If one or more of the following statements is true for you when it comes to onboarding freelancers, it might be time to reconsider your methods:
- We spent more time onboarding freelancers in 2021 than we did in 2020
- Our team has a basic understanding of the terms exempt, non-exempt, W-2, and 1099 but can’t define them in our sleep
- The above terms give me a headache
- We have workers in multiple states
The Challenges With Onboarding
One of the hardest (and most important) things about setting up your workforce is classifying workers correctly. That’s why we cover worker classification extensively here on our blog. On a day to day basis, it’s important to know who’s a strong worker, who might need a little bit of help, and who has potential to grow into other roles. On the front end, accurate worker classification is crucial to preventing issues later. With the Department of Labor’s ever-increasing focus on worker classification errors, it’s incredibly important to get it right up front.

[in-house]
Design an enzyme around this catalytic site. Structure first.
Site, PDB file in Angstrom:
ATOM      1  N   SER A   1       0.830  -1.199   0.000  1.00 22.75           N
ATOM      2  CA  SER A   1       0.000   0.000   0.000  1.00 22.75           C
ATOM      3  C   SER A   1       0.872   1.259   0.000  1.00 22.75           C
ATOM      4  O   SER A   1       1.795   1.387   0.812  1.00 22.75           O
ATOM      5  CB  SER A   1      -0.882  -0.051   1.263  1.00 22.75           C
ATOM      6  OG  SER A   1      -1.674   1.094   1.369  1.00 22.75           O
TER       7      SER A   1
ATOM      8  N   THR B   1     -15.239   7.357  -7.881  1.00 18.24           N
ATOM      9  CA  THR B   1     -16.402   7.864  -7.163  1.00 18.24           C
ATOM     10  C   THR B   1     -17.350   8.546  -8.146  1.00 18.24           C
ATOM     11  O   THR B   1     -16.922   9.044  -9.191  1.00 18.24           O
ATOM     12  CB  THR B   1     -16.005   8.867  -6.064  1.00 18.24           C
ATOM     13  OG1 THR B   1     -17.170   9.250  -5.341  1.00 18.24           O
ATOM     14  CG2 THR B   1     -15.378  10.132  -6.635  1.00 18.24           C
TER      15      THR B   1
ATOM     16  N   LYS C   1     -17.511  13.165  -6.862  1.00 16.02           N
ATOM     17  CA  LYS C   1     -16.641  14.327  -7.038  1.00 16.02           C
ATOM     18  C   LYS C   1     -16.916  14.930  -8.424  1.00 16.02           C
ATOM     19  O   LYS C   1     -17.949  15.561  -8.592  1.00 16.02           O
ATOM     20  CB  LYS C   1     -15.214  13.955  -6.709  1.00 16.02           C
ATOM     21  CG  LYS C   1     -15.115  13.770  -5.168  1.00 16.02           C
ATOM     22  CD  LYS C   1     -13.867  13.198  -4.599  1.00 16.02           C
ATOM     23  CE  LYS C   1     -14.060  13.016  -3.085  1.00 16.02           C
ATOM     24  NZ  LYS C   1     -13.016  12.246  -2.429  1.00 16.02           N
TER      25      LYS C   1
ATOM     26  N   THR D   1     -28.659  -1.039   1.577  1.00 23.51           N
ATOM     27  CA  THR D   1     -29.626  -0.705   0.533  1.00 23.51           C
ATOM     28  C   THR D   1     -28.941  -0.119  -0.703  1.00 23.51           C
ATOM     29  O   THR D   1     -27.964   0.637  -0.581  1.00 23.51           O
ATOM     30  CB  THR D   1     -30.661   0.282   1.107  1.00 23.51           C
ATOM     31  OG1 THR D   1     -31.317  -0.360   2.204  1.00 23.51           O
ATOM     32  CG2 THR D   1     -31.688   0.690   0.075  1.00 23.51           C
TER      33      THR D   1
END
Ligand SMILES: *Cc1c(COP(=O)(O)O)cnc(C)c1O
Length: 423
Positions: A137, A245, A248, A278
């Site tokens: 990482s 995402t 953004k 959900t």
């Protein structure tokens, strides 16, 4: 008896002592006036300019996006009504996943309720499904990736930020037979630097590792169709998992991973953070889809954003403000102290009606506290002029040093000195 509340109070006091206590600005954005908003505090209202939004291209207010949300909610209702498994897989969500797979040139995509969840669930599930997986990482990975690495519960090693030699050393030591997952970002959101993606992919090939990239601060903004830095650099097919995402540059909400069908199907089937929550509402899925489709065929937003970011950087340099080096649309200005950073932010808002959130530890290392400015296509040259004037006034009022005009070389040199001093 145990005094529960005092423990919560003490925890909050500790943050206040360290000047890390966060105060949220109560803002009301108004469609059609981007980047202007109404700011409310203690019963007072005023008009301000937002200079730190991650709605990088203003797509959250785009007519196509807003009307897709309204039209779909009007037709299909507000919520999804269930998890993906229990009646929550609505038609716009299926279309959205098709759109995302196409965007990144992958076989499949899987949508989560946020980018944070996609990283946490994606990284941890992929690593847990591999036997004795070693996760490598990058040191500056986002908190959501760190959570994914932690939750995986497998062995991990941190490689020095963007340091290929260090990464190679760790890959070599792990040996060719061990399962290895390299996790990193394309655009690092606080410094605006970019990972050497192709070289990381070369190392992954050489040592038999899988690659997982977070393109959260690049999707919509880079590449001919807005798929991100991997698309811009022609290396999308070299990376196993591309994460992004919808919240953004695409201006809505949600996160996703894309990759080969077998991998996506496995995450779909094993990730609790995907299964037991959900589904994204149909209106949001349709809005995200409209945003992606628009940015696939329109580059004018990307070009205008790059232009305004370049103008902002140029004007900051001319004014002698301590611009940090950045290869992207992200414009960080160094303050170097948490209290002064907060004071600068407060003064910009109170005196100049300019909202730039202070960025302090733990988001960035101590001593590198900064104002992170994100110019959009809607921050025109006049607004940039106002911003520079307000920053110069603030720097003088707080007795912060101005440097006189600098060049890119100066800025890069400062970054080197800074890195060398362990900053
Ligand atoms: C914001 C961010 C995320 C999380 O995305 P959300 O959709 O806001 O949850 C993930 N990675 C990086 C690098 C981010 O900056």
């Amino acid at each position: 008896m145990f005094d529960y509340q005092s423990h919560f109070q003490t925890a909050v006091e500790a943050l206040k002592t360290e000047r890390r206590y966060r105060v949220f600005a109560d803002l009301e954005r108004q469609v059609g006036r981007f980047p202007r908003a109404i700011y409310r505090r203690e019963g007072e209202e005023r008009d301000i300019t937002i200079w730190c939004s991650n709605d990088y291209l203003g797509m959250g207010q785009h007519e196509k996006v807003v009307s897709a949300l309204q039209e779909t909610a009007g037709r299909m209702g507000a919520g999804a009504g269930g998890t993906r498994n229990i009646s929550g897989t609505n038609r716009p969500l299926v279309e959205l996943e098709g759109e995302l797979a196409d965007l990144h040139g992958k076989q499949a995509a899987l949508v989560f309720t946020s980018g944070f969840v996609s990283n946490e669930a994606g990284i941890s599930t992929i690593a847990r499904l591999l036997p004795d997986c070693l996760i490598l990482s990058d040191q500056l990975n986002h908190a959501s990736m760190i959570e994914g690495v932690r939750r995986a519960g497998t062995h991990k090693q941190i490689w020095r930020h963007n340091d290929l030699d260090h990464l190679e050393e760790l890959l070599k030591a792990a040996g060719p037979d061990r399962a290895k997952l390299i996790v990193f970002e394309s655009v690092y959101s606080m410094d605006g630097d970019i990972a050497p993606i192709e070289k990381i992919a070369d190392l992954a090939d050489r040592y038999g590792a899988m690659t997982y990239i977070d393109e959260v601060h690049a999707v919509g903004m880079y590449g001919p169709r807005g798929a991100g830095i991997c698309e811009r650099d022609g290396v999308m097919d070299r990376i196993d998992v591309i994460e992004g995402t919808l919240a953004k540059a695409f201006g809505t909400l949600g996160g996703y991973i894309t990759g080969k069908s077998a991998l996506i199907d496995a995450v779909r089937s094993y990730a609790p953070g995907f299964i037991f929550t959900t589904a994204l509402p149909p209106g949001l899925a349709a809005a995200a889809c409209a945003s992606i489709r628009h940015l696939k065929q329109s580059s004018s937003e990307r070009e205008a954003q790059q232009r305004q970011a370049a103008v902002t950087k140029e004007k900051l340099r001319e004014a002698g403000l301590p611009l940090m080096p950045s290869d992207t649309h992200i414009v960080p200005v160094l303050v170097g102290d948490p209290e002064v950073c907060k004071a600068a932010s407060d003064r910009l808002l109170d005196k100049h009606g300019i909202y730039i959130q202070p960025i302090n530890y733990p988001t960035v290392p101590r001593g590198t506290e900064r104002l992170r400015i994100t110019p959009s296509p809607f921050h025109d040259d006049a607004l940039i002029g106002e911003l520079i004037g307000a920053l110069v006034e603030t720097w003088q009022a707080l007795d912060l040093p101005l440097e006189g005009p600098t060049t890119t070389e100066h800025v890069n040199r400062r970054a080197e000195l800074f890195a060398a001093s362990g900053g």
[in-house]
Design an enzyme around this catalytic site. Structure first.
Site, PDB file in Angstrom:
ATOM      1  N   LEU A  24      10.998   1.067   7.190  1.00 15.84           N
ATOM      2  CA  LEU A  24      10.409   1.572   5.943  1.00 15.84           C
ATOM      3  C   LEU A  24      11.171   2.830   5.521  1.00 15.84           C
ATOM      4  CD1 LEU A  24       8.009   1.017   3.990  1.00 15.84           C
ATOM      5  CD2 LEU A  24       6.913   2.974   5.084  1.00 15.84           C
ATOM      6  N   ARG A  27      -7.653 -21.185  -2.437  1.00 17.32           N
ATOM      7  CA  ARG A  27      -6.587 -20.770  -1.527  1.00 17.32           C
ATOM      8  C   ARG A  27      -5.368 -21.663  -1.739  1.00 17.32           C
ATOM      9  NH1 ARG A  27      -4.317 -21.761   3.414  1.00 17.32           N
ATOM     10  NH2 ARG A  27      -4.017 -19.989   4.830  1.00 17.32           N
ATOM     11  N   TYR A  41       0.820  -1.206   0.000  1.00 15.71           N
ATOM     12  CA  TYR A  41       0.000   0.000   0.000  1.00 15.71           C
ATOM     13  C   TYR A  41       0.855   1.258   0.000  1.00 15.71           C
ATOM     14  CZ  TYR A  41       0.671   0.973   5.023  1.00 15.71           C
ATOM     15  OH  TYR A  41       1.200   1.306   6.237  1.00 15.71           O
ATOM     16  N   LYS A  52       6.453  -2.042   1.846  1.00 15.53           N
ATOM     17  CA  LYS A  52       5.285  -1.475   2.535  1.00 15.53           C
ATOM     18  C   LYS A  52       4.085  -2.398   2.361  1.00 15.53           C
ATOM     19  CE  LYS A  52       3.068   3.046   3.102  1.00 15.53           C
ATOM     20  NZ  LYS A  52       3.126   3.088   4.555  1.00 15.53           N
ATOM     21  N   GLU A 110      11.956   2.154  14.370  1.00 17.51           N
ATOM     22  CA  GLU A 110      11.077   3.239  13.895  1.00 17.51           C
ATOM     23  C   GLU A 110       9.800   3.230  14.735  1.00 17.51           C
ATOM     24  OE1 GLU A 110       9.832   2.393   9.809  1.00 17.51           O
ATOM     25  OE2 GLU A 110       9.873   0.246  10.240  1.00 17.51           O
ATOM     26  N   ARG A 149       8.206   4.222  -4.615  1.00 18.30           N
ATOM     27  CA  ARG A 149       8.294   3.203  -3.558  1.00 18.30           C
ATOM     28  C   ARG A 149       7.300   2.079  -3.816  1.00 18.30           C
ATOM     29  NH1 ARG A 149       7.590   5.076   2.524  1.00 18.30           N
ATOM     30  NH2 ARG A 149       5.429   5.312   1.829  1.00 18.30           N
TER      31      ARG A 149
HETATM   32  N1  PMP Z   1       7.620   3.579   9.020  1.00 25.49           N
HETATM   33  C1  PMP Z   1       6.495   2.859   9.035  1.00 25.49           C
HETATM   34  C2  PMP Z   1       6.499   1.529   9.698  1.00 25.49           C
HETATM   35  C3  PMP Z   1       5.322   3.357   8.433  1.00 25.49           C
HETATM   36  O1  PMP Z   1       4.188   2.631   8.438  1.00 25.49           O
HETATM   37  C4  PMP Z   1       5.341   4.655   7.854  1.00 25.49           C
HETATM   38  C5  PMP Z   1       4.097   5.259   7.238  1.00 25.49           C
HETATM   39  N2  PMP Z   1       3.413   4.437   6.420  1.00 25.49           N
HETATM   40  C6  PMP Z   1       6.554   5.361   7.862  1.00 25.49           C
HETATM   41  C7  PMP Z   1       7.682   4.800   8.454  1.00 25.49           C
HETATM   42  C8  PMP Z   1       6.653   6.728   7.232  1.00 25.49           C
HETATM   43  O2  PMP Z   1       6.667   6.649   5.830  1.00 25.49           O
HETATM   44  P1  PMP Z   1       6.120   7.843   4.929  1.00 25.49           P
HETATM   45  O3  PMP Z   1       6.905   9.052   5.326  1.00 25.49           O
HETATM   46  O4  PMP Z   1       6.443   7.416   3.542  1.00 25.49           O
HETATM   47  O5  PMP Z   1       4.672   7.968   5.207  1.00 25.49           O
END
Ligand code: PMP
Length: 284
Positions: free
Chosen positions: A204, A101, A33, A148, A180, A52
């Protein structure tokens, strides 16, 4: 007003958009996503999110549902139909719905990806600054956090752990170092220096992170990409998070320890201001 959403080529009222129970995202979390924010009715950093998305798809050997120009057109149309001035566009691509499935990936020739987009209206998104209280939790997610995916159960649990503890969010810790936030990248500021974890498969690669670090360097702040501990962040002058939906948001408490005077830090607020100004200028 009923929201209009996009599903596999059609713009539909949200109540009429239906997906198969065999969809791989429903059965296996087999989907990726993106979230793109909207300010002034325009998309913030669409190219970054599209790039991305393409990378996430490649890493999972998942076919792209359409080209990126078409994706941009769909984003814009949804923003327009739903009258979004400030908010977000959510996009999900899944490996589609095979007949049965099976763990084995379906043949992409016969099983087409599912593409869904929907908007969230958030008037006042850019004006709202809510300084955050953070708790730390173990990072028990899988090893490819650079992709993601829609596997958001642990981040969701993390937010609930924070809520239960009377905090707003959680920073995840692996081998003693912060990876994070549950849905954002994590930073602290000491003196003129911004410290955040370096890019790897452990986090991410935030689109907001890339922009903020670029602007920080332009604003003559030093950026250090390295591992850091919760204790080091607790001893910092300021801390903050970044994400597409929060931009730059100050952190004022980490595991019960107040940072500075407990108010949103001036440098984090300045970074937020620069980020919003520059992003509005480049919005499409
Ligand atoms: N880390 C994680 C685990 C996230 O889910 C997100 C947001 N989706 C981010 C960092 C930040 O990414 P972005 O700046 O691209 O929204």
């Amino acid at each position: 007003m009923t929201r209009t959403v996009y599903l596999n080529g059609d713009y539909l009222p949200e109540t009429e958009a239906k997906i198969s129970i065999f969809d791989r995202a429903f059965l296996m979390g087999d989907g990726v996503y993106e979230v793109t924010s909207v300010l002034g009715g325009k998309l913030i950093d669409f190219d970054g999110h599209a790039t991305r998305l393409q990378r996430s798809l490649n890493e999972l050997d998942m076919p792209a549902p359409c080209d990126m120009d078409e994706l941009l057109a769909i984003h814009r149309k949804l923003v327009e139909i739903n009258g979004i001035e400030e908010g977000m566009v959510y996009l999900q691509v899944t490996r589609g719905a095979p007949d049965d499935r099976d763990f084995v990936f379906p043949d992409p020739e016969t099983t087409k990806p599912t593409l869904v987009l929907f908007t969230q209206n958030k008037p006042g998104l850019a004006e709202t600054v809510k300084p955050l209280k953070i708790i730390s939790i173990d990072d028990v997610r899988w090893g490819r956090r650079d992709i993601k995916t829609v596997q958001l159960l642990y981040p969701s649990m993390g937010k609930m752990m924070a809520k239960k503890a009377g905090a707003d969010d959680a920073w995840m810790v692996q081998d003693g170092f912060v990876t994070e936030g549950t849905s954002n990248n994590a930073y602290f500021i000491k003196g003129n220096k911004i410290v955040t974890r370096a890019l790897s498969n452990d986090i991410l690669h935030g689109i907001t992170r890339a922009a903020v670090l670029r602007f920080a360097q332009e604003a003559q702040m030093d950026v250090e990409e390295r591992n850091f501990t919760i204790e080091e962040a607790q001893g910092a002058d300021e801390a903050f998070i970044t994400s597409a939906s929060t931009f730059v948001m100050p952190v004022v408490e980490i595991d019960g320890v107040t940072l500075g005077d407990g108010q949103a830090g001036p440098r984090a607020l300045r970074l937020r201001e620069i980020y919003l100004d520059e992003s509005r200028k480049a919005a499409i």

Another incredibly important aspect of bringing on new workers is making sure you’re paying them accurately and in a timely manner. This includes payroll taxes. Since each state has strict pay deadlines for specific types of employees it’s important (and hard!) to stay on top of the ever-changing wage laws at the federal, state, and local levels. Along with differing wage laws, some states and localities require a different taxation method than the federal government does.
If offloading some of your onboarding paperwork would free up your time and energy for the creative parts of your projects, it might be time to consider bringing on a partner. PayReel is equipped to manage events, employees, and all the associated paperwork. Our team stays well versed in local, state, and ever-changing federal tax methods and laws to make sure employees are happy, clients are covered, and the IRS is bored.
Here’s where we stress (and the only time we stress), we got it.